Classical Mechanics

# Zeroth law of thermodynamics Initially, there are two very small, thermally isolated rooms $A$ and $B.$ The heat capacitance of room $A$ is $40$ quanta of energy and room $A$ contains $32$ quanta of energy. The heat capacitance of room $B$ is $100$ quanta of energy and room $B$ contains $50$ quanta of energy. When the two room are thermally connected, in which direction will the quanta flow, on average?

Calculate the temperature increase when $400 \text{ J}$ of heat is applied to $46.8 \text{ g}$ of $\ce{NaCl}.$

 Details and assumptions:

• The molar heat capacity for $\ce{NaCl}$ is $C_p = 50 \text{ J} \cdot \text{mol}^{-1} \cdot \text{K}^{-1} .$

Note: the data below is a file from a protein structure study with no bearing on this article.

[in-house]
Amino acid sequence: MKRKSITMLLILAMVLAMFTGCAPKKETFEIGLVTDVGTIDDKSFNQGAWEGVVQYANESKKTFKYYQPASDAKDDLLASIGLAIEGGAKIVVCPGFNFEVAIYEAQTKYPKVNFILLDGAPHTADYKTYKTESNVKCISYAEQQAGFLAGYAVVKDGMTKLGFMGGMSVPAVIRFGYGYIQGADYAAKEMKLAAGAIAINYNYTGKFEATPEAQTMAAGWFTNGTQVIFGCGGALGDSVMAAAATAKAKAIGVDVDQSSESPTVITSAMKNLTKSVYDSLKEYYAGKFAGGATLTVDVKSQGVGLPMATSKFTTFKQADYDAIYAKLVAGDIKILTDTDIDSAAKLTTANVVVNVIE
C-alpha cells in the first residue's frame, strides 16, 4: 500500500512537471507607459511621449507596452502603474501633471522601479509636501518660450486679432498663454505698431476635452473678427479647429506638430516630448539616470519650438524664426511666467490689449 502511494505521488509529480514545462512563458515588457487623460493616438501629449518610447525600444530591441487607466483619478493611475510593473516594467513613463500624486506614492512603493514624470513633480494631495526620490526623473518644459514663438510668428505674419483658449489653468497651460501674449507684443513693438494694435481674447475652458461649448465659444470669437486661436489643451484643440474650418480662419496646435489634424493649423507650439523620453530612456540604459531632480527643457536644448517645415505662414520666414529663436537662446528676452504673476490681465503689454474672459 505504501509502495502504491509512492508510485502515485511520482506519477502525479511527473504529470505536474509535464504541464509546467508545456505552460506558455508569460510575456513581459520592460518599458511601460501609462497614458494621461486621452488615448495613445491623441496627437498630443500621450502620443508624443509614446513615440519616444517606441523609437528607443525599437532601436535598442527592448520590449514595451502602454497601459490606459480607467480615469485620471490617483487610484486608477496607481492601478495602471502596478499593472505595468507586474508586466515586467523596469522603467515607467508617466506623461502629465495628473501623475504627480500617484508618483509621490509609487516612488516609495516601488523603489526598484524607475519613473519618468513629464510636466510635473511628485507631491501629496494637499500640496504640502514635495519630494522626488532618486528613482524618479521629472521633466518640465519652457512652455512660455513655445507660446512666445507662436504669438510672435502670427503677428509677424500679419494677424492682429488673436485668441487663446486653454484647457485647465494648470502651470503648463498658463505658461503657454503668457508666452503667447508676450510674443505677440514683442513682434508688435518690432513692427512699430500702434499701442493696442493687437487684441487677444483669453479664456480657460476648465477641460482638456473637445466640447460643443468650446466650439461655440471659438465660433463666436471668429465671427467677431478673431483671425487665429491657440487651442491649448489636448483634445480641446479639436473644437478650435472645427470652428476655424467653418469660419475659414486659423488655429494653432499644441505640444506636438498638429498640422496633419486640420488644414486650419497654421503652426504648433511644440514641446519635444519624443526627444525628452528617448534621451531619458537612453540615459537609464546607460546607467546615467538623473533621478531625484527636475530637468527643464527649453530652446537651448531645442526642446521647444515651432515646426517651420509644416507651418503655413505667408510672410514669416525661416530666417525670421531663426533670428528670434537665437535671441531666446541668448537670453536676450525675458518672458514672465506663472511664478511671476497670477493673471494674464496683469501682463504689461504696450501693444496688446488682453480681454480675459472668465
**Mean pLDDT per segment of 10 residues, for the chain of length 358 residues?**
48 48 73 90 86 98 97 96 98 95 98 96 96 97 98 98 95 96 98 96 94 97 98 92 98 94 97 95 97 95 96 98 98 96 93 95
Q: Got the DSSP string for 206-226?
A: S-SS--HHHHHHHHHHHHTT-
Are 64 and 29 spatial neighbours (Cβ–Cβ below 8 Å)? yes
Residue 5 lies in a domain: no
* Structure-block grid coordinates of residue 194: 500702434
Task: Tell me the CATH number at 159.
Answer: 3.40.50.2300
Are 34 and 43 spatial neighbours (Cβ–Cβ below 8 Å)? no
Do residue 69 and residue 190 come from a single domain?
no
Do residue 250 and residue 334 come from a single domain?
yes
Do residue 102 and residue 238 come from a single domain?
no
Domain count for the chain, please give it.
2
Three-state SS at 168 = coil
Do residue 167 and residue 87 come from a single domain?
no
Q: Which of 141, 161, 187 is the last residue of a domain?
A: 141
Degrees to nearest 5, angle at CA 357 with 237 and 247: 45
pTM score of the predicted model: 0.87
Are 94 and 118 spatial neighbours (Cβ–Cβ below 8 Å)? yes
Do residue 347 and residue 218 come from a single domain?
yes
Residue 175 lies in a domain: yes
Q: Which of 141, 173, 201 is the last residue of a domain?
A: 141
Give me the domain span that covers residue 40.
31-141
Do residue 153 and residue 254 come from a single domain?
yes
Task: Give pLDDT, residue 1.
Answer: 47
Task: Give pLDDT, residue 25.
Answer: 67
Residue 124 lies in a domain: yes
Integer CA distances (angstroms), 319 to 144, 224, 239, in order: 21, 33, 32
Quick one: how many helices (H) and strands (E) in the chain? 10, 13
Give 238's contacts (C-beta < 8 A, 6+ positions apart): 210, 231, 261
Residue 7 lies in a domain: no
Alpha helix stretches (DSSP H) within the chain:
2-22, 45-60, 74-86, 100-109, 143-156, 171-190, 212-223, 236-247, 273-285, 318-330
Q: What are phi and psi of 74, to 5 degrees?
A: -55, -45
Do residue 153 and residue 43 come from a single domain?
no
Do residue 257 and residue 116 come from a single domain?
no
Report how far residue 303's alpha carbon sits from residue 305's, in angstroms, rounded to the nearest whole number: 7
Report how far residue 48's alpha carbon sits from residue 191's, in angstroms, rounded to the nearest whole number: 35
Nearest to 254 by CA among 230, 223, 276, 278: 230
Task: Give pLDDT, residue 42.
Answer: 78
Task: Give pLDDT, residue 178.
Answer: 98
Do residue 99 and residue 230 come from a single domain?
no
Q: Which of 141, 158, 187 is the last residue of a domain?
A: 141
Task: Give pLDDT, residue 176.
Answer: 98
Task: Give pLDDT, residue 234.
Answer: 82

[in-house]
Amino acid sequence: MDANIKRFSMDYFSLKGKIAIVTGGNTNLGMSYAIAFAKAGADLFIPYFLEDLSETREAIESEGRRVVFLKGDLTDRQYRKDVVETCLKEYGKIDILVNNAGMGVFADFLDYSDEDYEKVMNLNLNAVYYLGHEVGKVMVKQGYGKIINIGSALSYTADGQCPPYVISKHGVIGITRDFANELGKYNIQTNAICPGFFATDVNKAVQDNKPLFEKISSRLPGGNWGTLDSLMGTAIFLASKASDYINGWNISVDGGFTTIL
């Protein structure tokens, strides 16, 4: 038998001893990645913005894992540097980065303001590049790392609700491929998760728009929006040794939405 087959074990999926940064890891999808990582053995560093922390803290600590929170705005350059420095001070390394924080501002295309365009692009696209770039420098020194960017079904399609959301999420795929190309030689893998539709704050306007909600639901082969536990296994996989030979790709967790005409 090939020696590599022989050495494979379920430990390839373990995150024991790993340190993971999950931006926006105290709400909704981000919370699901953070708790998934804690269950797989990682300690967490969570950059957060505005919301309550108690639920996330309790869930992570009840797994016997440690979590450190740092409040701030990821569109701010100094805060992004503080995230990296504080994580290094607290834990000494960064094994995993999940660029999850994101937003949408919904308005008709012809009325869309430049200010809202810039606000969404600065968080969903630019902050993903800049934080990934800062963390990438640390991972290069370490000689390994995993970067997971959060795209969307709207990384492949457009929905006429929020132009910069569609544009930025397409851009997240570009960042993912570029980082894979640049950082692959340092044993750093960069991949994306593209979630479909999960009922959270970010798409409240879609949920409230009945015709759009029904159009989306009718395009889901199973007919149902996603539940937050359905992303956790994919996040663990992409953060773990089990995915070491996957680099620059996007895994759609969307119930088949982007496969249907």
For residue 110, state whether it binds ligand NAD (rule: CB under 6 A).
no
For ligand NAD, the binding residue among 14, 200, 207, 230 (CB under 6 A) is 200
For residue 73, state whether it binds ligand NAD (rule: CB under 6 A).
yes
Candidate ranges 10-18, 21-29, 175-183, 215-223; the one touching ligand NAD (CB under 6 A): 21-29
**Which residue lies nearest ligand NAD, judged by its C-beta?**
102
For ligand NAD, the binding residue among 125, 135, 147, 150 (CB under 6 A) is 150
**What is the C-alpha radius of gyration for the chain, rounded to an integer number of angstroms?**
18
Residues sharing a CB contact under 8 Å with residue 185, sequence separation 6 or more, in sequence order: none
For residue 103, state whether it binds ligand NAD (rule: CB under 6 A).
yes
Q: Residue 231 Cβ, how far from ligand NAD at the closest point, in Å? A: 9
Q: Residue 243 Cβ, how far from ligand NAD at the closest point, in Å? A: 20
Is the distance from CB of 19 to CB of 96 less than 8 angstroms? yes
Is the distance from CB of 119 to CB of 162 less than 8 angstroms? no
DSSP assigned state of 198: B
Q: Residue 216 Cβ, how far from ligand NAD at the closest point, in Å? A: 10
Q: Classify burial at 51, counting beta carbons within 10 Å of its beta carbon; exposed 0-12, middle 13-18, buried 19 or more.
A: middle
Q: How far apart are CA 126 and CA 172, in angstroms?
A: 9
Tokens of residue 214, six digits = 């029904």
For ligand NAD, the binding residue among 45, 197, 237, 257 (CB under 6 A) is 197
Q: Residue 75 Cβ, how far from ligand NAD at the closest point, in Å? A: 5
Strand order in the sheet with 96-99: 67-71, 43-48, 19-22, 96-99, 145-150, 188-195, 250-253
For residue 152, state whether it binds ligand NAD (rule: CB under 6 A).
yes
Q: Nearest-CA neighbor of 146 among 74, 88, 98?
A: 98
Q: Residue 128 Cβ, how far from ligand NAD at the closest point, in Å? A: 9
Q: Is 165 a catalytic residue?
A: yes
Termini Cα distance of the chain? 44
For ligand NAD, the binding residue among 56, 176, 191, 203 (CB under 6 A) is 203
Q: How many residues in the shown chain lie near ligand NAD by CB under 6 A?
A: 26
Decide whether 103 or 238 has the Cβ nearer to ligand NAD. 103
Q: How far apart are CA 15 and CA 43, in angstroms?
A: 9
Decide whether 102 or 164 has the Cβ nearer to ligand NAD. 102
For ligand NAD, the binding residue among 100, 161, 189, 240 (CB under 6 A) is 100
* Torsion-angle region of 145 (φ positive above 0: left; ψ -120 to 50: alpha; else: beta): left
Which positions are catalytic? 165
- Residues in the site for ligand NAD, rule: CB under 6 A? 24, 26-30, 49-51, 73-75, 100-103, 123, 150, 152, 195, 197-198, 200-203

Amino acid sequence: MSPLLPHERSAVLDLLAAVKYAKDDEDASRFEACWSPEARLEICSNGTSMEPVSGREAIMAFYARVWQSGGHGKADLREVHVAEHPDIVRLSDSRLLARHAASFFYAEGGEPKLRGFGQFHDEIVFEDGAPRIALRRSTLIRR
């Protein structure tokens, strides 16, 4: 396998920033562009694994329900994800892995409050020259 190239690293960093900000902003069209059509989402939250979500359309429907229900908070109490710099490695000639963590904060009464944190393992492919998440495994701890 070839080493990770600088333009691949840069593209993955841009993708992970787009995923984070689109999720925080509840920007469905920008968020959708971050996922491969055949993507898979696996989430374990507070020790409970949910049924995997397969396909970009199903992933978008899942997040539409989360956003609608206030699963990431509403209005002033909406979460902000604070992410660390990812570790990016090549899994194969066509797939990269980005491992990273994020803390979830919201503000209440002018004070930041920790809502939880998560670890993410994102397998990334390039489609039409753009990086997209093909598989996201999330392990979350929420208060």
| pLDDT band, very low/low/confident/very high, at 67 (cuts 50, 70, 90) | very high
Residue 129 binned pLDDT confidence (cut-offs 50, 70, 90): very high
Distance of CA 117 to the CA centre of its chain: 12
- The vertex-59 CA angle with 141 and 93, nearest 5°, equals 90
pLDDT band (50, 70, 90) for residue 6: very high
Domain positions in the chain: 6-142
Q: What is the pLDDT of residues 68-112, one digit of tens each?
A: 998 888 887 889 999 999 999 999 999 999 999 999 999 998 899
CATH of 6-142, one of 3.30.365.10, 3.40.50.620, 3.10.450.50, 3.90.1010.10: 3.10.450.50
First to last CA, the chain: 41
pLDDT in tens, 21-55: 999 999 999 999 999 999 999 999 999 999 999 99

• The formula weight of $\ce{NaCl}$ is $58.5 \text{ g/mol}.$

Initially, there are two thermally isolated rooms $A$ and $B.$ The heat capacitance of room $A$ is $80$ quanta of energy and room $A$ contains $56$ quanta of energy. The heat capacitance of room $B$ is $80$ quanta of energy and room $B$ contains $24$ quanta of energy.

Question: When the two rooms are thermally connected and allowed to approach equilibrium, how many quanta of energy are transferred, on average?

There are 2 beakers of water in a room. In one beaker, the temperature of water is $11 ^\circ \text{C}$ higher than room temperature, and the other is $11 ^\circ \text{C}$ lower than room temperature. Let them be on a table without contact with each other, then after enough time passes an equilibrium is reached. What is the difference between the temperatures of the waters in the beakers?

Two objects $A$ and $B$ with temperatures $T_1 = 258 \text{ K}$ and $T_2 = 269 \text{ K},$ respectively, are each in a closed system. They are brought into thermal contact and enough time passes. If the final temperature of both objects is $T_f,$ what is the relation between $T_1,$ $T_2$ and $T_f?$

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